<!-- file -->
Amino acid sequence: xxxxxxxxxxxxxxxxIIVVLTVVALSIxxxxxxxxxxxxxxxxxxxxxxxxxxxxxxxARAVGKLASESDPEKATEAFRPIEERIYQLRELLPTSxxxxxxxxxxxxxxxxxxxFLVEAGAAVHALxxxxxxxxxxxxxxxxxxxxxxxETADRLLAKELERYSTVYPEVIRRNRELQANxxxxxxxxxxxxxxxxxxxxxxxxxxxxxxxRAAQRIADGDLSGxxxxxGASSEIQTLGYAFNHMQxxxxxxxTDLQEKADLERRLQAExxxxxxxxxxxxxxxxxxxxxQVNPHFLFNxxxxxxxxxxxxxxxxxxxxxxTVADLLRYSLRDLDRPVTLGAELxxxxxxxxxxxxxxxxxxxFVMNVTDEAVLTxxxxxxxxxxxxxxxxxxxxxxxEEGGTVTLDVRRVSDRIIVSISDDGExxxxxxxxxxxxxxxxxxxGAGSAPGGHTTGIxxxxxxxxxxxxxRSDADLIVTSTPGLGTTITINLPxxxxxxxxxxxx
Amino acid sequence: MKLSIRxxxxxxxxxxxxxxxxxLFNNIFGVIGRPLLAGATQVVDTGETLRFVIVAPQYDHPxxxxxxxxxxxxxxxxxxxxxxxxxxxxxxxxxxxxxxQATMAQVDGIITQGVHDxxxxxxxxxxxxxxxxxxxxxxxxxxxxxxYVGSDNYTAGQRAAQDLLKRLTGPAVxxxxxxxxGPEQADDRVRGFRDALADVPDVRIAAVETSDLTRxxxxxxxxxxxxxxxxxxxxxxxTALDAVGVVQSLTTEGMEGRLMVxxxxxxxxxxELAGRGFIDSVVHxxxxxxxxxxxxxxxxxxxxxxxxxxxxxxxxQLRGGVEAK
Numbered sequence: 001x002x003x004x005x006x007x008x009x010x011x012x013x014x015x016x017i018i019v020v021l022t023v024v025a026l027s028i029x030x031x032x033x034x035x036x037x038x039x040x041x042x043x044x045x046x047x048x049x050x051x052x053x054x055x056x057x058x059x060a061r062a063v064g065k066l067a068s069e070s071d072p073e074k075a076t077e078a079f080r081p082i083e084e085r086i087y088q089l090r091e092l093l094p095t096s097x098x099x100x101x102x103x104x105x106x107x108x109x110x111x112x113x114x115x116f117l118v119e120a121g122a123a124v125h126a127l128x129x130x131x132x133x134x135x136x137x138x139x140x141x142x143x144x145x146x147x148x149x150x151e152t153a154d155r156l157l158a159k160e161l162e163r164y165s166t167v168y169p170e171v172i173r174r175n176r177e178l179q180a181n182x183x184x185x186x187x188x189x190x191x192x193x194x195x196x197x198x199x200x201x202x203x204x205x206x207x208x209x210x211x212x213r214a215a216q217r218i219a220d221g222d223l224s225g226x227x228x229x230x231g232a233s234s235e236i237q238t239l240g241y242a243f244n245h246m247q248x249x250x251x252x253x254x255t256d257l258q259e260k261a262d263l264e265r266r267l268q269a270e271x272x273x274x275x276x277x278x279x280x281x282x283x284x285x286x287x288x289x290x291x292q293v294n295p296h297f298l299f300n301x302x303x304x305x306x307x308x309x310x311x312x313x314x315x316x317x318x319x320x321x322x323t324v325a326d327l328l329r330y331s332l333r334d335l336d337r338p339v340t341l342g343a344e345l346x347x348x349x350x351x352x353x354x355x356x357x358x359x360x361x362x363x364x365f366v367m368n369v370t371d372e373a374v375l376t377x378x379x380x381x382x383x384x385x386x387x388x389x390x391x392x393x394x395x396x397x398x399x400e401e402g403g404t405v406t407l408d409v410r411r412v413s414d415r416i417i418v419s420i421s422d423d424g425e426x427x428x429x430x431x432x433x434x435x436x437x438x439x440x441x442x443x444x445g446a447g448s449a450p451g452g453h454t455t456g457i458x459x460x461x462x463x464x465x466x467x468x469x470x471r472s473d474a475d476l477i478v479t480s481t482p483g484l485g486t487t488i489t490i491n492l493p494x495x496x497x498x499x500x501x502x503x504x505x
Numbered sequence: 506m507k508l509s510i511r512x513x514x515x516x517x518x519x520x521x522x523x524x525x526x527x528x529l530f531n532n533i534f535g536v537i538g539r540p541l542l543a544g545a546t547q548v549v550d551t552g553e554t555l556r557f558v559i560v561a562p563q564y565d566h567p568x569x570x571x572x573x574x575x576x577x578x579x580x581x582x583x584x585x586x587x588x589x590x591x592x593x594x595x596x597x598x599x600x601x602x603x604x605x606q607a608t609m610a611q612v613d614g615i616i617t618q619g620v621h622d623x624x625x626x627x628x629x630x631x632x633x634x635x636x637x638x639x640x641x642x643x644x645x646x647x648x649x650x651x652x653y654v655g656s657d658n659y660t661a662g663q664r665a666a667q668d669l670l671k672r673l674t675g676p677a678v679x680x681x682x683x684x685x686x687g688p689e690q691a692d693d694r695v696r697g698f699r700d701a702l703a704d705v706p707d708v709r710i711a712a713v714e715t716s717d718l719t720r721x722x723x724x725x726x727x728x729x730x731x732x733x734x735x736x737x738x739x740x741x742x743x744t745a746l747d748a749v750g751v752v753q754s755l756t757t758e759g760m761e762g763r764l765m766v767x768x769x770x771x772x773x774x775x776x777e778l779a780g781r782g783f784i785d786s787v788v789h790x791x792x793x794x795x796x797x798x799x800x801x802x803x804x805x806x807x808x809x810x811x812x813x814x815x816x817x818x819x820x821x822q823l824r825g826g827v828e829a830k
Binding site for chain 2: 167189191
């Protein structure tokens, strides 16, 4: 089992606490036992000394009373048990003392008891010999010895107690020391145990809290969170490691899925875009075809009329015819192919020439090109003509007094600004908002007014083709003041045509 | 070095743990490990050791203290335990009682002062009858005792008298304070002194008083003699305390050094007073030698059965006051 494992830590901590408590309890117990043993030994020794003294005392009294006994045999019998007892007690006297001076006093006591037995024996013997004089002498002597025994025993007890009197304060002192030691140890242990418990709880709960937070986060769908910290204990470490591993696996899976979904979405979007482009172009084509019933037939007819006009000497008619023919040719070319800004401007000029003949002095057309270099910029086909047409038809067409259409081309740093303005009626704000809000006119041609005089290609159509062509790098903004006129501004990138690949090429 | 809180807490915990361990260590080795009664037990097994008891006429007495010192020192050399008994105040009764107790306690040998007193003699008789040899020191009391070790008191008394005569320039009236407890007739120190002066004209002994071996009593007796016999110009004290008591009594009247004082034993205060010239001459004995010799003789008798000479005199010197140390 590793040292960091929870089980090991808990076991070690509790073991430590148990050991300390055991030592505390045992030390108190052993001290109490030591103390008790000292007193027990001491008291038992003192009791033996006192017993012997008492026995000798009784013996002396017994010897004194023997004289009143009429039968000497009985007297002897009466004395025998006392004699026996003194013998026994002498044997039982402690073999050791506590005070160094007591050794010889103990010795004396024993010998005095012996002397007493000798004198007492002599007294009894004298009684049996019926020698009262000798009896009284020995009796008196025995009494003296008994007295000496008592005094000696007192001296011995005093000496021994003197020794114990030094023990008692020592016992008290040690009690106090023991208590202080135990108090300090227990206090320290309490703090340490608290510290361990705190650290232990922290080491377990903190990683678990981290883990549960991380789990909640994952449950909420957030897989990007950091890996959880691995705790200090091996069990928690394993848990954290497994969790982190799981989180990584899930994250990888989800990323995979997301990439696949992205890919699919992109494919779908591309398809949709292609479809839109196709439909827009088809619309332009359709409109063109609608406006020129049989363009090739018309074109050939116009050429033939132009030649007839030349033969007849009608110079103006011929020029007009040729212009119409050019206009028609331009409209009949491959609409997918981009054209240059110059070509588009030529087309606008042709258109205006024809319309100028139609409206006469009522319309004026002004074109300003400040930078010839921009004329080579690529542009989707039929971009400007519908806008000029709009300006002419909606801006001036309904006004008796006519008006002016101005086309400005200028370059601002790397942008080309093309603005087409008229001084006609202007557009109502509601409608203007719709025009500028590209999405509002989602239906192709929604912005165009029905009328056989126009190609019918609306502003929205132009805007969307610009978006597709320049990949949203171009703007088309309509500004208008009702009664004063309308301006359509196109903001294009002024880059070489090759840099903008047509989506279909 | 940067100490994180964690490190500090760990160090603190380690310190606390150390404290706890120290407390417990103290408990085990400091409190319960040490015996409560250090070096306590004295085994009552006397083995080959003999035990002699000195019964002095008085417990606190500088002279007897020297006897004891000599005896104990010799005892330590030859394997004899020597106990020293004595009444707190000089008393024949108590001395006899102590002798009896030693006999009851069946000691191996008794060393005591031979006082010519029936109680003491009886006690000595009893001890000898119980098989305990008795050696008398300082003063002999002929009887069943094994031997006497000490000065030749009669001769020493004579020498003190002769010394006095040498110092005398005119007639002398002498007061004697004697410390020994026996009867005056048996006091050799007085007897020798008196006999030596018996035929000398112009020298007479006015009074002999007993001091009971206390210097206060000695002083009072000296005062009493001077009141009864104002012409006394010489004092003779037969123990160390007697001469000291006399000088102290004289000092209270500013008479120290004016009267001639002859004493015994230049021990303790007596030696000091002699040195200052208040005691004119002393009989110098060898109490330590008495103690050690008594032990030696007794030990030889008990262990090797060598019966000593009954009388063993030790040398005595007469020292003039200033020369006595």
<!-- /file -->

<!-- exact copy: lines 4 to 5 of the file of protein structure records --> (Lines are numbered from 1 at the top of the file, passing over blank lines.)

Numbered sequence: 506m507k508l509s510i511r512x513x514x515x516x517x518x519x520x521x522x523x524x525x526x527x528x529l530f531n532n533i534f535g536v537i538g539r540p541l542l543a544g545a546t547q548v549v550d551t552g553e554t555l556r557f558v559i560v561a562p563q564y565d566h567p568x569x570x571x572x573x574x575x576x577x578x579x580x581x582x583x584x585x586x587x588x589x590x591x592x593x594x595x596x597x598x599x600x601x602x603x604x605x606q607a608t609m610a611q612v613d614g615i616i617t618q619g620v621h622d623x624x625x626x627x628x629x630x631x632x633x634x635x636x637x638x639x640x641x642x643x644x645x646x647x648x649x650x651x652x653y654v655g656s657d658n659y660t661a662g663q664r665a666a667q668d669l670l671k672r673l674t675g676p677a678v679x680x681x682x683x684x685x686x687g688p689e690q691a692d693d694r695v696r697g698f699r700d701a702l703a704d705v706p707d708v709r710i711a712a713v714e715t716s717d718l719t720r721x722x723x724x725x726x727x728x729x730x731x732x733x734x735x736x737x738x739x740x741x742x743x744t745a746l747d748a749v750g751v752v753q754s755l756t757t758e759g760m761e762g763r764l765m766v767x768x769x770x771x772x773x774x775x776x777e778l779a780g781r782g783f784i785d786s787v788v789h790x791x792x793x794x795x796x797x798x799x800x801x802x803x804x805x806x807x808x809x810x811x812x813x814x815x816x817x818x819x820x821x822q823l824r825g826g827v828e829a830k
Binding site for chain 2: 167189191